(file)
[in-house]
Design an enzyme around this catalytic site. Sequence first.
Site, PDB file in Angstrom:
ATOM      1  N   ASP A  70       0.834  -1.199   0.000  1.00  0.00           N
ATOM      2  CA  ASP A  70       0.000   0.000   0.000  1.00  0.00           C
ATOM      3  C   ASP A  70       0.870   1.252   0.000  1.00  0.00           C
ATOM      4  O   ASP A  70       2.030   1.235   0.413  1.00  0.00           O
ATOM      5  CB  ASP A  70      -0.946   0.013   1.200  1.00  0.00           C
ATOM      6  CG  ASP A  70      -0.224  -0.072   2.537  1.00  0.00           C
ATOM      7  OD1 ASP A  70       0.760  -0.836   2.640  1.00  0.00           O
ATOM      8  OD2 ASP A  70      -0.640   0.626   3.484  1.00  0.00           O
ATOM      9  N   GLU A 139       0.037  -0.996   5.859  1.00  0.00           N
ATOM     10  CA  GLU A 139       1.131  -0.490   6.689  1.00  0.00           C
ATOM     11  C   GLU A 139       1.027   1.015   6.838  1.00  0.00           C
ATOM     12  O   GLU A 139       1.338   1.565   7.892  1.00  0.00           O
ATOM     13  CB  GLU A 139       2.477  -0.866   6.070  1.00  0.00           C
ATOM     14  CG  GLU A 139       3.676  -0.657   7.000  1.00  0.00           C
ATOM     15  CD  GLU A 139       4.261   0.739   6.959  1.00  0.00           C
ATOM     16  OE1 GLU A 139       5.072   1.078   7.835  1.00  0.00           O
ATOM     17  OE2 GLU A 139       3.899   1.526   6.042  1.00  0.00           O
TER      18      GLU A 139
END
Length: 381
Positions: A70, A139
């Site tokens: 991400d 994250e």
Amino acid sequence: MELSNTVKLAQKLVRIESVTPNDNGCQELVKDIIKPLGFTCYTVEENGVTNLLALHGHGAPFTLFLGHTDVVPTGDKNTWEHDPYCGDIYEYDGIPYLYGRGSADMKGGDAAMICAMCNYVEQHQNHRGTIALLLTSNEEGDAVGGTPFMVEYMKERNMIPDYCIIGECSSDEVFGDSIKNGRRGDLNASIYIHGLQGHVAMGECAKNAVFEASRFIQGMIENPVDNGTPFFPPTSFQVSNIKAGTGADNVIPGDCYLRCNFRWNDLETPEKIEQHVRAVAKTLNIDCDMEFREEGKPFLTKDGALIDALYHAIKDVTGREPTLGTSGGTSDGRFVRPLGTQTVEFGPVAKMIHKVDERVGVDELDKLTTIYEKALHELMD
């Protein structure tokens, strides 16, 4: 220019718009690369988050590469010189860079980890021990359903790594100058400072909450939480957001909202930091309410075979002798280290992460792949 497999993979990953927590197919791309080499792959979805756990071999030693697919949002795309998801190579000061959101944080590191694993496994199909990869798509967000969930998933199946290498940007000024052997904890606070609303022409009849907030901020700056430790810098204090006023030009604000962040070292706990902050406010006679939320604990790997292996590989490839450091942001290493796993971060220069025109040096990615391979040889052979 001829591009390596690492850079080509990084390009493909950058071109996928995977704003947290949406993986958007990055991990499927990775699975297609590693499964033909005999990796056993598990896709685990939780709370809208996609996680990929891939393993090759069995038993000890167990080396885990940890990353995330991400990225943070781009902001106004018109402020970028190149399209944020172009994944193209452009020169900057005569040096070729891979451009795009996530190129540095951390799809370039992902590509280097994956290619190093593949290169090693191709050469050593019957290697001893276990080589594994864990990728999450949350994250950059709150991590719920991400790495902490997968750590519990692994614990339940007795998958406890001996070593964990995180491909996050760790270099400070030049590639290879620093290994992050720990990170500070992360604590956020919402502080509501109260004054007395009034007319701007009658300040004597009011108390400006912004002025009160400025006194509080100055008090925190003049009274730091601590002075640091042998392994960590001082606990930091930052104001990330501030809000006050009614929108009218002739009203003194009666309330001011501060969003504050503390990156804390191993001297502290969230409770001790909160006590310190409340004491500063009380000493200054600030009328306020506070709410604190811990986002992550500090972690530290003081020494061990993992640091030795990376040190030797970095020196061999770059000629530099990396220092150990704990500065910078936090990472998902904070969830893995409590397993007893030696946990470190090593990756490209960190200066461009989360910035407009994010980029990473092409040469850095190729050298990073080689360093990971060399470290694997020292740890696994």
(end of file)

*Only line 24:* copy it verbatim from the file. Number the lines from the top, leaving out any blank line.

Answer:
Positions: A70, A139